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Overflights

Overflights help inspectors to get acquainted with the inspection area and to identify locations that need further examination.

The inspection team has the right to conduct an initial overflight of the inspection area as soon as possible. The purpose of this overflight is to help the team get oriented in the area. It helps to narrow down the number of locations on the ground that need further inspection and to facilitate the collection of factual evidence. The initial overflight is limited to a maximum of 12 hours. The Treaty identifies the equipment that can be used during the initial overflight including field glasses, passive location-finding equipment (f.i. maps and theodolites), video cameras and hand-held digital photo cameras.

The initial overflight helps the inspection team get oriented in the inspection area and identify locations on the ground that need further inspection. Additional overflights can only be conducted with the inspected State Party’s approval.
Additional overflights beyond the initial one are subject to the inspected State Party's approval.

Additional overflights can only be conducted with the inspected State Party’s approval. The inspected State Party has the right to impose restrictions on the parameters of an overflight, such as flight altitude, in-flight procedures like circling and hovering, the number of inspectors on board or the type of measurements and observations. Subject to approval by the State Party, the inspection team may perform different activities during the additional overflights, including multi-spectral imaging, gamma spectroscopy and magnetic field mapping.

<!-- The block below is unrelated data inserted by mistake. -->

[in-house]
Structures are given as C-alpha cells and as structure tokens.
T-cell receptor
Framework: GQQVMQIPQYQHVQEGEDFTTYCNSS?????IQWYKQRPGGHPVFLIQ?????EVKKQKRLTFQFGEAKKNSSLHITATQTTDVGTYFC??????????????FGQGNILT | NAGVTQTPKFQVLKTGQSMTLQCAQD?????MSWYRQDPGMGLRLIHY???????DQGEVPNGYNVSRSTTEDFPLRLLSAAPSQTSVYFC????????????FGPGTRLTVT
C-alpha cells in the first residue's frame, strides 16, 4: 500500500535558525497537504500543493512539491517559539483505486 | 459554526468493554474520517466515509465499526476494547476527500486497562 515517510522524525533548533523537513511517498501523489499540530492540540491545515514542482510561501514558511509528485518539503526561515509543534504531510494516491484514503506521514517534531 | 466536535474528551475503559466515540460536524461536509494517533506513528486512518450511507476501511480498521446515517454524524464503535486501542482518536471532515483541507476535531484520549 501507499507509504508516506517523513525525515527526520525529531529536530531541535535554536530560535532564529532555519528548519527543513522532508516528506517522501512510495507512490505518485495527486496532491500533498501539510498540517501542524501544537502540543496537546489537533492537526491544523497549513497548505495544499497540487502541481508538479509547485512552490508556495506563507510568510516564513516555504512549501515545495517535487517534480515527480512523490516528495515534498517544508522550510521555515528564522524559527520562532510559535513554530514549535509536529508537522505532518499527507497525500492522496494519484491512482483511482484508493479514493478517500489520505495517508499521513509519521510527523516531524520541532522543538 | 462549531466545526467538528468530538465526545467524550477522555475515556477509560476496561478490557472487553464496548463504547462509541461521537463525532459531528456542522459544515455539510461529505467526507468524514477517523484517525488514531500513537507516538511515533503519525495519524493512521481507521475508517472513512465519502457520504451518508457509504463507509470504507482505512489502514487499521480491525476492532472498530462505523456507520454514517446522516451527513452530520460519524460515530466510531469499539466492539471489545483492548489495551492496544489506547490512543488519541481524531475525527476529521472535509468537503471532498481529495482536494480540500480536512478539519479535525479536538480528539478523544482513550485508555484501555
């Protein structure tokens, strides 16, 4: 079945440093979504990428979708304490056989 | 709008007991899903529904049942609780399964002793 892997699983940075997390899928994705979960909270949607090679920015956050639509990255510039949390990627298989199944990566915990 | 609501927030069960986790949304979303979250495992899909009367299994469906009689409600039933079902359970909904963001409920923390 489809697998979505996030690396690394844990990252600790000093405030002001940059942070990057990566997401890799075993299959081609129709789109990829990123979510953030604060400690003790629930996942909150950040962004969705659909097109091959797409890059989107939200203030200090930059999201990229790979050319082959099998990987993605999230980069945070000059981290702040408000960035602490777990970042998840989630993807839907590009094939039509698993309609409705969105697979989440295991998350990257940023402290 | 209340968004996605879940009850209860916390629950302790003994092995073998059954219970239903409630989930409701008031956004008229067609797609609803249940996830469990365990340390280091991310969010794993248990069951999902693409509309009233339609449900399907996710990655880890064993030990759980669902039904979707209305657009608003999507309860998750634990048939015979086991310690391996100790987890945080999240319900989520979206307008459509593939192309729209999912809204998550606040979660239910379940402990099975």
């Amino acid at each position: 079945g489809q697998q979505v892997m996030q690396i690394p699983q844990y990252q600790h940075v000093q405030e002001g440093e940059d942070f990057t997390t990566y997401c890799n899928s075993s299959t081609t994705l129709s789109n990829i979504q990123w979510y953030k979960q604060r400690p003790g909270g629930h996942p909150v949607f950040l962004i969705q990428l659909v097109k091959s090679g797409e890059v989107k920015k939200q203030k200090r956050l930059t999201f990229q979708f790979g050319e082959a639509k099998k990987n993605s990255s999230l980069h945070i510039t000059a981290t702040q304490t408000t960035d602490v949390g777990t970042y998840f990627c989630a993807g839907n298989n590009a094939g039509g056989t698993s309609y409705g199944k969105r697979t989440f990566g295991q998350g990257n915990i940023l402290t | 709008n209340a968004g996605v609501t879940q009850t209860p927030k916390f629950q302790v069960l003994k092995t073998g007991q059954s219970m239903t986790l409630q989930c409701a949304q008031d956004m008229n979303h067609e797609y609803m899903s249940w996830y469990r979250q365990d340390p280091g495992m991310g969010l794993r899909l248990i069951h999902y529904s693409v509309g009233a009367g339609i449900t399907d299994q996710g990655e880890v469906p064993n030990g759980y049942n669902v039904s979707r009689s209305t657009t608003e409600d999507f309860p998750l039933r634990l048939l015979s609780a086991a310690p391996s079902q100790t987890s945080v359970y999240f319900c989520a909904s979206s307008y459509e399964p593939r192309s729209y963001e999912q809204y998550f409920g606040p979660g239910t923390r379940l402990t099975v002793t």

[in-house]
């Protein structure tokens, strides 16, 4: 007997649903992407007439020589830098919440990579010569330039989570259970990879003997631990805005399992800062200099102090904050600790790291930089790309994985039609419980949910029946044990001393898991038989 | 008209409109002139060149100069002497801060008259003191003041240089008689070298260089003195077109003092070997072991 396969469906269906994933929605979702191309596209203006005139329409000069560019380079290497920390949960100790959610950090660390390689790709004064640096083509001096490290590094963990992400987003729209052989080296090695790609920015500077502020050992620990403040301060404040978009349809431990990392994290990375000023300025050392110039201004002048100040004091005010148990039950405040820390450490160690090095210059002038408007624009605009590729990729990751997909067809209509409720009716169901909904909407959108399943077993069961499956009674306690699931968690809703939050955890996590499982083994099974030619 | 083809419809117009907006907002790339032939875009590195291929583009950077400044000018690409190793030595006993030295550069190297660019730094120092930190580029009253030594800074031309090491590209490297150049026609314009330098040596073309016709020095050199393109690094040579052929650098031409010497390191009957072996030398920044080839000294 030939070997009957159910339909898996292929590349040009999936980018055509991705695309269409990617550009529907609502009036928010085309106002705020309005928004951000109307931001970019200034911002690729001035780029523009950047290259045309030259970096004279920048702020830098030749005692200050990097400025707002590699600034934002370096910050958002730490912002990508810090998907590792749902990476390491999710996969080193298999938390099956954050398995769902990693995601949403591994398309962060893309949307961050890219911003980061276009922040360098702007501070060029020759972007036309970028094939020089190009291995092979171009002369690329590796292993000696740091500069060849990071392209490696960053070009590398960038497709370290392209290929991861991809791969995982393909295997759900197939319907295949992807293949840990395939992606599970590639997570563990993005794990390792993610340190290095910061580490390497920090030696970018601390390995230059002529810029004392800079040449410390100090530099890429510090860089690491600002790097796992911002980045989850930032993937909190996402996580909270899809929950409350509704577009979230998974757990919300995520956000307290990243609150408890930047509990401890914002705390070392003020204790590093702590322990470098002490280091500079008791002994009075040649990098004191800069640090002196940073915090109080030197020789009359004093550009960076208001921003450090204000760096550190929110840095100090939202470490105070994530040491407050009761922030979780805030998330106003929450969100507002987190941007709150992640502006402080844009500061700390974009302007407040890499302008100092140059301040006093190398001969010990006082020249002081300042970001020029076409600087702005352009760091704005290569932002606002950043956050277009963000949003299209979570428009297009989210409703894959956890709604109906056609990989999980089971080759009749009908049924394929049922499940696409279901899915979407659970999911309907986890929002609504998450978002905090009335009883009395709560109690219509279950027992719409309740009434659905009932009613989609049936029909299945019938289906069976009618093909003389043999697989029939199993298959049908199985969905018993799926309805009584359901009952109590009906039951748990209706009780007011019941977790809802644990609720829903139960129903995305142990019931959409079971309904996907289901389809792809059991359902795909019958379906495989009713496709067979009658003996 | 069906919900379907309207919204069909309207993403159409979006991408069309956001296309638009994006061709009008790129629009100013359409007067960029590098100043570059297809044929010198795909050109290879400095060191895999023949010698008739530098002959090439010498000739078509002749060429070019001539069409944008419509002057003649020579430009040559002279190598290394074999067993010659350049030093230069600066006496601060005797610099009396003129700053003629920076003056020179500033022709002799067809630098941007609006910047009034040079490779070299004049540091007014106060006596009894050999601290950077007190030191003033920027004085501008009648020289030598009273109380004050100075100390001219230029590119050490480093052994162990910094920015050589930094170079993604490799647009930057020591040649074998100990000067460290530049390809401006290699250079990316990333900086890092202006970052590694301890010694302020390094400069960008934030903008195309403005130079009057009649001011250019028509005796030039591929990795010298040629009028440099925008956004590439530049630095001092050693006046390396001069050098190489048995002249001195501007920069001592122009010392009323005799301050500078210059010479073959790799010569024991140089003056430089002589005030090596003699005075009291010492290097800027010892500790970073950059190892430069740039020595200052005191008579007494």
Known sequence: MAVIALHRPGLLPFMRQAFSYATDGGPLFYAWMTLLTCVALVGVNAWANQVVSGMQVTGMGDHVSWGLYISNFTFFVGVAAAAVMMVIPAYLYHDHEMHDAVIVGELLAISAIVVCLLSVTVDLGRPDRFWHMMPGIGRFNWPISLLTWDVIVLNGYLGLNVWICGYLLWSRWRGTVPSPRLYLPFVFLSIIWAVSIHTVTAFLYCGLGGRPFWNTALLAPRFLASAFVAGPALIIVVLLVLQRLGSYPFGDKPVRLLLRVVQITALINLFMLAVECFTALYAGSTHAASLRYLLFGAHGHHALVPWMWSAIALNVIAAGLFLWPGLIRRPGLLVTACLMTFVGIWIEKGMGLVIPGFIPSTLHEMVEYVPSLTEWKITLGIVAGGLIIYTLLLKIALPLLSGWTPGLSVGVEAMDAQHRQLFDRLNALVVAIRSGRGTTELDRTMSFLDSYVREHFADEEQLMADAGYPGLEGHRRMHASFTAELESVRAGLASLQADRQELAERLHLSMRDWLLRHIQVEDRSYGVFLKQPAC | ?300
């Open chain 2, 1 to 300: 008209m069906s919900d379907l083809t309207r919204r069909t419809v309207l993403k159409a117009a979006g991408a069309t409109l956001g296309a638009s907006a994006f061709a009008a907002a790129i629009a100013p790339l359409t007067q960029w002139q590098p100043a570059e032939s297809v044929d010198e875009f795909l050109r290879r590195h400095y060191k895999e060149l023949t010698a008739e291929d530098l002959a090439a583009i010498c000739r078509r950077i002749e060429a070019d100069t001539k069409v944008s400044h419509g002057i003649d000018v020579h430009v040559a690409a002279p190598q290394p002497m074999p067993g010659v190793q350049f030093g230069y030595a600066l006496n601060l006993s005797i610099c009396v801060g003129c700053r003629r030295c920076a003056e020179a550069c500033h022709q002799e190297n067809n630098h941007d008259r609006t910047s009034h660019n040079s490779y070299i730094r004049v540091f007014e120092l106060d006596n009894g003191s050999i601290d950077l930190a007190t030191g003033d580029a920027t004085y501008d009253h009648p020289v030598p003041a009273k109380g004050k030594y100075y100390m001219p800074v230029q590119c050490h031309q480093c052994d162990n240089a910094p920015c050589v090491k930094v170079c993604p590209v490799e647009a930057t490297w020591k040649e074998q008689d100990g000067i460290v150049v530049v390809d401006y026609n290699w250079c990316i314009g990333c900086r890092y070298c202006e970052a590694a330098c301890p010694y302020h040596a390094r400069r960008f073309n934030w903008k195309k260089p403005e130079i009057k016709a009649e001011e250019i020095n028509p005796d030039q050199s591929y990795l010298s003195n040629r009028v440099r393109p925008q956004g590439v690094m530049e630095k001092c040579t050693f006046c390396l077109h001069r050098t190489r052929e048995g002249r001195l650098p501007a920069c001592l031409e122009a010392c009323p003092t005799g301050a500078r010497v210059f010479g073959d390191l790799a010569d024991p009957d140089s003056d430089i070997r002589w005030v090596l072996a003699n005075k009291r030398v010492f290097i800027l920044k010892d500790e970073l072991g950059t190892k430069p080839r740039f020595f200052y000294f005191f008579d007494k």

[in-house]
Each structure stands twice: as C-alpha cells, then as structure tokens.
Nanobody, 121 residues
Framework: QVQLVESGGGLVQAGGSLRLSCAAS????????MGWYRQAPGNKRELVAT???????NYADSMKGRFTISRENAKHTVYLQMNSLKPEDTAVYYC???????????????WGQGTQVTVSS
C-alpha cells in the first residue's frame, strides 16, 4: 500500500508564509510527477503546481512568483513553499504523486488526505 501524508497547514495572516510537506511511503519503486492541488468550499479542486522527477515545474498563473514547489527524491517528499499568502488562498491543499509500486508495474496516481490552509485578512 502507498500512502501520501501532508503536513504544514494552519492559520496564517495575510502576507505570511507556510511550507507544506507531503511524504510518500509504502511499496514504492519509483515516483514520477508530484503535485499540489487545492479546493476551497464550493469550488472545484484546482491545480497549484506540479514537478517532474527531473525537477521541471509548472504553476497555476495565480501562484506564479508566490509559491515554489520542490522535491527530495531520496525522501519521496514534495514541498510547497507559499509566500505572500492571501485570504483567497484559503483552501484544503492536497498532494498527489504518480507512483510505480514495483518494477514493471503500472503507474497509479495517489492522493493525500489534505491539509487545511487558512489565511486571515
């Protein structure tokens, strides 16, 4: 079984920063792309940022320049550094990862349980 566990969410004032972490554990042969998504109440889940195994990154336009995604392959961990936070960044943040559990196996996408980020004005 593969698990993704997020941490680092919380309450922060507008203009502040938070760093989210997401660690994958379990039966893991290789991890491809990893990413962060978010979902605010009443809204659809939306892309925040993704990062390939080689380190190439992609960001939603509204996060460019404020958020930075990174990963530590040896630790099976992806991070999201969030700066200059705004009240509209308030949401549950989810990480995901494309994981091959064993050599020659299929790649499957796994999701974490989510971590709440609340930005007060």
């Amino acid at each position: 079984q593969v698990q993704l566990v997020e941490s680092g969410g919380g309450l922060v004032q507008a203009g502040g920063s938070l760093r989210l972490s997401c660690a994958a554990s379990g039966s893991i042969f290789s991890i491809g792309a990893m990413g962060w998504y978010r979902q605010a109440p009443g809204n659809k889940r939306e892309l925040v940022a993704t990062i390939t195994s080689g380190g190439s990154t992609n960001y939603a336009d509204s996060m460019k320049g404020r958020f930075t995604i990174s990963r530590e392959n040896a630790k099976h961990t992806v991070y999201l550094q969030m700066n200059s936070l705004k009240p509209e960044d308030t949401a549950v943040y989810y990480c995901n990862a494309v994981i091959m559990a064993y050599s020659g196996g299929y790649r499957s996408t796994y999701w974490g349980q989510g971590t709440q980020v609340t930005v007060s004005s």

Visual observation

A skilled observer can detect anomalies in geological features or disturbances of vegetation.

To attentively observe the natural environment in the inspection area with one’s own eyes is the starting point for visual observation. A skilled observer can detect anomalies in geological features or disturbances of vegetation that may point to a possible nuclear explosion in the underground. Visual observation can help the inspection team narrow down the inspection area or identify specific inspection activities that may be warranted.

Visual observation detects anomalies in the geology and the surface, and helps the inspection team narrow down the inspection area or identify techniques necessary for the inspection.

The inspection team can use digital still and video photography to record their observations and findings. Ground based visual observation should be carried out in close coordination with overflights and should start immediately at the beginning of an on-site inspection. Visual observation and photographic recording will continue throughout the entire inspection.

There are very strict procedures for securing photographic evidence and records.  Both the inspection team and the inspected State Party are responsible for meeting these requirements. All related information - such as date, time, location and subject of each photograph or video recording - needs to be recorded in logs  Any further handling of images, including their processing and examination, is also strictly regulated.

In case additional overflights are agreed upon, the inspection team can proceed to perform multi-spectral imaging including infrared measurements and gamma spectroscopy.